29. "Just Live More" by Gaim no Kaze

I like this song! The first Rider OP since, like, Justifaiz I like all around!

I like the credit sequence, too! There's interesting moments, like the Kouta who's barricaded, shouting a warning to the casual, Lockseed-clutching Kouta; shots of Kouta and Kaito having a standoff mirrored by reflections of Gaim and Baron; Team Gaim dancing all carefree, before an ominous alternate Mai appears; Kouta shouting as he's consumed by the weeds of Helheim. There's also some cool action shots for a change. All in all, nice redemption for Rider credits.

30. "Surprise Drive" by Mitsuru Matsuoka

Can't stand Matsuoka's vocal "stylings" here. He does this weird crooning-twang-yodeling combination that he -- and a lot of '90s alternative rockers -- thinks makes him sound cool. It's like Mike Patton, Shakira and Kermit the Frog slammed together and then filtered through a program that speeds up the sound. The music is generic, at first sounding like a forgotten Avril Lavigne song, before just becoming a clash of random noise typical of 2000s anime themes. (I'm surprised this isn't a JAM Project song.)

Credit sequence is a mess, really highlighting just what a dumb-ass looking gimmick and aesthetic Drive has.

Sad thing is? Writing this post made me go back and watch all of the Rider credits. When I hit Drive, I was like "I don't feel like I gave Drive a fair chance," and ended up watching a few episodes...and had fun with what I watched. Pisses me off, man. The things I do for this blog.

31. "Warera Omou Yue ni Warera Ari" by Kishidan

I'll start this song and be like "Eh, it's not too bad," but then it quickly gets unbearably unlistenable to me. I think it's because the song just never really goes anywhere, and is pretty plain. And I can't take this band seriously -- a bunch of young twerps wishing they were Yokohama Ginbae.

I like the idea of the credits, with Ghost floating around as a spirit, observing the cast of characters and pranking them and stuff. The problem is that it's all depicted in a cheesy way, the effects looking like "Lie down on a chair in front of a blue-screen, Greatest American Hero-style." Man, the supporting cast in this show all look like they're cosplaying some shitty, forgotten anime. I couldn't really get into this show because it felt like a really bad anime that's all about collecting a shitty gimmick. And it's sad, because I kinda like the concept and the cast.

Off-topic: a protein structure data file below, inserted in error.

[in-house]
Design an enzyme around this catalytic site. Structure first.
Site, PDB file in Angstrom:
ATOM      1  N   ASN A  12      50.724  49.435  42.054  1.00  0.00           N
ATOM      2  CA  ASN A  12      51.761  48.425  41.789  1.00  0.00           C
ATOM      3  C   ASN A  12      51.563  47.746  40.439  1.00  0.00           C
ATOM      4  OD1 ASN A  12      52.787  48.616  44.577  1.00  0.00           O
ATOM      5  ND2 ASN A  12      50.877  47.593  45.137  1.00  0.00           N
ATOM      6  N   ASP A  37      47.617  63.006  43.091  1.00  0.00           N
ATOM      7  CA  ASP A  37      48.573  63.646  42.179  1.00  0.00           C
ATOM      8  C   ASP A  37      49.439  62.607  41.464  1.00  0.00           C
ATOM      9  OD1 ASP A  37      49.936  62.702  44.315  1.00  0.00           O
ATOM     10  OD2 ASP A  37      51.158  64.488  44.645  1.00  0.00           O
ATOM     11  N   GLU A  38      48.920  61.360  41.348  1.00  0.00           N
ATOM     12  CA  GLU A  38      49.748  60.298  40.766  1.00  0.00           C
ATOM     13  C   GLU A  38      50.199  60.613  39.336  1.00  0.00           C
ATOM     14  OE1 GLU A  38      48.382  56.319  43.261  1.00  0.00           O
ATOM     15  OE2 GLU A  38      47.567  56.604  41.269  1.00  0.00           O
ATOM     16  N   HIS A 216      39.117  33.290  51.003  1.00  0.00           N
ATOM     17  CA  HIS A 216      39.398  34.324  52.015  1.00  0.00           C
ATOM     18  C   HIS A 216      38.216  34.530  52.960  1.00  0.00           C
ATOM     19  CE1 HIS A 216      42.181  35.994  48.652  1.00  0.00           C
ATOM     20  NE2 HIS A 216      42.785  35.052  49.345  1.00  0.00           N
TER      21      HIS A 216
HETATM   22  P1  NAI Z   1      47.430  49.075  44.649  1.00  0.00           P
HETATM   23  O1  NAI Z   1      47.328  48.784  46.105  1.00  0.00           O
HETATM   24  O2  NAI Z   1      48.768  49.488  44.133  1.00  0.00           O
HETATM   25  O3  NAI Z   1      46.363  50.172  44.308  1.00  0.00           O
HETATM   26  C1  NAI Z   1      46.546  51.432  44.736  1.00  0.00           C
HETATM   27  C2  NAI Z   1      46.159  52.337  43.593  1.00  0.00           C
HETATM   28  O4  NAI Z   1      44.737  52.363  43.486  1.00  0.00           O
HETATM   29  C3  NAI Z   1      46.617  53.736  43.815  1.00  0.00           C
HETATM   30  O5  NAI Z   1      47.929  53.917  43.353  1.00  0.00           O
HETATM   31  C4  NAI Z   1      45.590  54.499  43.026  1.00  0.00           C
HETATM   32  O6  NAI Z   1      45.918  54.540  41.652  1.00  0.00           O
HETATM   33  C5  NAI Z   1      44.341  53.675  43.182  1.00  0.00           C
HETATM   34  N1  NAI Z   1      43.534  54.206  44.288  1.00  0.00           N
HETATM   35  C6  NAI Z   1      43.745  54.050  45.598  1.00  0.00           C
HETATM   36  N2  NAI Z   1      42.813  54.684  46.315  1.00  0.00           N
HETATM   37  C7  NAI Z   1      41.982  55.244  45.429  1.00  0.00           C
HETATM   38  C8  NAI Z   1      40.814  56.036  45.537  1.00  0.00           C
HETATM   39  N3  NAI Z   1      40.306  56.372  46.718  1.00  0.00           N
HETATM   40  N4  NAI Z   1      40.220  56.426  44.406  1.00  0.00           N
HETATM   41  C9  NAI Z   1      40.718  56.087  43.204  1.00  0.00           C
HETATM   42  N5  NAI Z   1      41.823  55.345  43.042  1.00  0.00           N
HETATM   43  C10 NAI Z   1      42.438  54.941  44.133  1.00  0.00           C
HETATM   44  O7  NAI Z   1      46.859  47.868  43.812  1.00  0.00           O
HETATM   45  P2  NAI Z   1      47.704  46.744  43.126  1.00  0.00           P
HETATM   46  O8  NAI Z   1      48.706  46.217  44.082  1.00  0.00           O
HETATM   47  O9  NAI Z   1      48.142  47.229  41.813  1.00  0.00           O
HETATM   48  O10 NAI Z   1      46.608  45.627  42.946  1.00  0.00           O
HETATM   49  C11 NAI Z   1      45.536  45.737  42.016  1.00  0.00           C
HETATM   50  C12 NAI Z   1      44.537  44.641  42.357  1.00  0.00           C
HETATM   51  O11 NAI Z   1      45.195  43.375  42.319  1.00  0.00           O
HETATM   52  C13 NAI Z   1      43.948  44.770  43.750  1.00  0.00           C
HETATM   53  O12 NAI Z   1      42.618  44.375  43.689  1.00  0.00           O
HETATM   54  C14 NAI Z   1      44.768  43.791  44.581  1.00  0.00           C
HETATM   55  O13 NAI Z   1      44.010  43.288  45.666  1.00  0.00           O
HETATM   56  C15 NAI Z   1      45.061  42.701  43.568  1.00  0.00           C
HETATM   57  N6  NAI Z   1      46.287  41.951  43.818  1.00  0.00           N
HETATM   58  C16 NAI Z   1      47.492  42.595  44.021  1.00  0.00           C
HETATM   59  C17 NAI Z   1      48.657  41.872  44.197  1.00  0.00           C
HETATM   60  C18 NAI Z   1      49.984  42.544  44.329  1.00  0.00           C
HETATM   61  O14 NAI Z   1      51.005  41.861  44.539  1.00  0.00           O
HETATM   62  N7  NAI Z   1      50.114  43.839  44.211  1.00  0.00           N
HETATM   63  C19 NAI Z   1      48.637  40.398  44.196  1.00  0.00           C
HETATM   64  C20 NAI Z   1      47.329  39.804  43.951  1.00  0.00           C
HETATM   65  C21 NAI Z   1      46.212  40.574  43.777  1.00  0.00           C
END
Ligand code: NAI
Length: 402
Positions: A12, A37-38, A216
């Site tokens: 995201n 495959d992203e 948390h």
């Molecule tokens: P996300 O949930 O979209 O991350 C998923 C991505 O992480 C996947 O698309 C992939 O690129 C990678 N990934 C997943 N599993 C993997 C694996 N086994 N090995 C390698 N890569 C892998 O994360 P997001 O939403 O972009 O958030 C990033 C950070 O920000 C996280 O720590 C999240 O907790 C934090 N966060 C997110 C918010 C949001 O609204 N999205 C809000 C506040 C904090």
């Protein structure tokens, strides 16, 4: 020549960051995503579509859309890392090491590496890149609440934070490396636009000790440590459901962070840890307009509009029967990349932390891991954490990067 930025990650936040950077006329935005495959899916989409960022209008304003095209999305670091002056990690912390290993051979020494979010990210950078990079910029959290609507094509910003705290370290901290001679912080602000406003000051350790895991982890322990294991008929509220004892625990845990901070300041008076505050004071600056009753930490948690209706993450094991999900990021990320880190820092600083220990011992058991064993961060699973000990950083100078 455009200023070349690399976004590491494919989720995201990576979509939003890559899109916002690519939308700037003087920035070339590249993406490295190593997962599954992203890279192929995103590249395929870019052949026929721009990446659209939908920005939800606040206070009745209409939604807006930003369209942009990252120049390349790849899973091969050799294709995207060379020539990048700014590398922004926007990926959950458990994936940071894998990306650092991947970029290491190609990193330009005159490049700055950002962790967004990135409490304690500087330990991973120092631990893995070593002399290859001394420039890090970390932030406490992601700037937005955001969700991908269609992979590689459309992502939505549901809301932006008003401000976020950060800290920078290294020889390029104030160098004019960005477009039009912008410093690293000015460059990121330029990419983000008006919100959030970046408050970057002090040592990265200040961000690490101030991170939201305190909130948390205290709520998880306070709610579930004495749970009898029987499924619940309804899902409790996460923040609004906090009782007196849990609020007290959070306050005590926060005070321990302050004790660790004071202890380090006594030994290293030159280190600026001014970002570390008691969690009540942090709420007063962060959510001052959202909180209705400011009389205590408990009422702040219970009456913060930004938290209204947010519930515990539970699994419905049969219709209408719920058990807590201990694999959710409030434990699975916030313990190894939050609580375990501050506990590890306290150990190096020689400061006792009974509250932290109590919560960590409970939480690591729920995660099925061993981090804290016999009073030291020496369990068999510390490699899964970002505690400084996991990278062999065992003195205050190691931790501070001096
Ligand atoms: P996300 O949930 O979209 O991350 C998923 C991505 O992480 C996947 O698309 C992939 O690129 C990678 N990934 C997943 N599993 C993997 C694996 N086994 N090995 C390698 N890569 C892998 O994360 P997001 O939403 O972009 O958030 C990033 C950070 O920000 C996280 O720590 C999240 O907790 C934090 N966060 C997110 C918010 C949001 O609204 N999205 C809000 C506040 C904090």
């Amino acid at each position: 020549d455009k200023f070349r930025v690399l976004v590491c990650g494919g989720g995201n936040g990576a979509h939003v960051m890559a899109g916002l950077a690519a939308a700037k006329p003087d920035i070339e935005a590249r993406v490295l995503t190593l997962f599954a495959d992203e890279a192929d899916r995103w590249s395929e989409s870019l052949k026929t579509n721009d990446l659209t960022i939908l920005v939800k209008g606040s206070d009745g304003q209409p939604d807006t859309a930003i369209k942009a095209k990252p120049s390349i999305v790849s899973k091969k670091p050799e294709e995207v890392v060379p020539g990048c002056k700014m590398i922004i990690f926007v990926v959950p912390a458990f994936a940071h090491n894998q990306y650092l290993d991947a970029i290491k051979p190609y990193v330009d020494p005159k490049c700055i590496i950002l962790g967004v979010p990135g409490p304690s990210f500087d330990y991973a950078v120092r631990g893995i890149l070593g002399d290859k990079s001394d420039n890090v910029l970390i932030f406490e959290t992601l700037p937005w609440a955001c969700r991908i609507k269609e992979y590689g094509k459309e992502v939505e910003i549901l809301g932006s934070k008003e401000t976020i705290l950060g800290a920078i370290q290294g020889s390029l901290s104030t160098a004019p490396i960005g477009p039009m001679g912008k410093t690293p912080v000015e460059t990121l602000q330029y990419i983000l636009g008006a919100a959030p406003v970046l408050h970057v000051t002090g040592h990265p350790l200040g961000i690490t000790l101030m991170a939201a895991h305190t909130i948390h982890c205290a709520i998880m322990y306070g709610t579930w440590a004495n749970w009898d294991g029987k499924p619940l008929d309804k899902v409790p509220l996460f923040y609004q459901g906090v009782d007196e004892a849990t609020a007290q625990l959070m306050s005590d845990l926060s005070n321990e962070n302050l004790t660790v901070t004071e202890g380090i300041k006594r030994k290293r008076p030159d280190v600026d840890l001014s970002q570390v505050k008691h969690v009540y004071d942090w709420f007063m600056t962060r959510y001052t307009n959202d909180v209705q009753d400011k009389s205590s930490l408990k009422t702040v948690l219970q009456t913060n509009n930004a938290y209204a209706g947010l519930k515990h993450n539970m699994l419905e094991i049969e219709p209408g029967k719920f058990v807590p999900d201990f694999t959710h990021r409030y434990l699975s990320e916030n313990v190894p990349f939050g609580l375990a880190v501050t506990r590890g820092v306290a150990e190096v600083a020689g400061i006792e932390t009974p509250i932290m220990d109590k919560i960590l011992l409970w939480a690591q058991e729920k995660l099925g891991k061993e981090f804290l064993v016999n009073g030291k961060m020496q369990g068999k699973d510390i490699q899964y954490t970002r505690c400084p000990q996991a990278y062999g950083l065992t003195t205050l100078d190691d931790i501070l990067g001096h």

32. "EXCITE" by Daichi Miura

I haven't bothered watching Ex-Aid yet. I have a feeling I'm not missing anything good and that I'm happier for not watching it. But I'm guessing the show's really goofy, so it's funny that these credits want to try to look cool and serious, recalling some bits from the Decade credits. Sorry, Ex-Aid -- you can't make Level 1 look cool. It's worse than the fruit samurai armor. And, again, the cast here look like they're cosplayers for some bad veterinarian anime.

The song made me laugh. A zombie vocalist and a tune that sounds like it should be on the soundtrack of one of the lesser '80s teen comedies, like Fraternity Vacation or Private School or something.

33. "Be the One" by Pandora featuring Beverly

A great Hailee Steinfeld song, a terrible superhero theme.

Show looks as stupid as Ex-Aid. I can't believe that kid who looks like Mitsuzane's weaker younger brother is the lead Rider. I can't believe some people are saying that this show is a return to Ishinomori-styled Riders. I don't recognize this franchise anymore.

Sunday, October 15, 2017

Live for Tomorrow: Liveman 45-49

Episodes 45 & 46

And so Ashura gets written off. In the first part, he connects his brain with his Brain Beast, Hacker Brain, and causes electronic mayhem all over Japan. After Falcon kicks his ass -- and kills the Shura Three -- Ashura accidentally hacks into some secret computer on the Brain Base, finding out a bit about Bias' secret. The one that Gou knows about. The one that Bias just let Gou run off knowing. Gou had more details, Ashura picks up a few vague words, but Bias flat out attempts to kill Ashura, blowing up the truck he and his computers are in. Why let Gou off, but kill Ashura?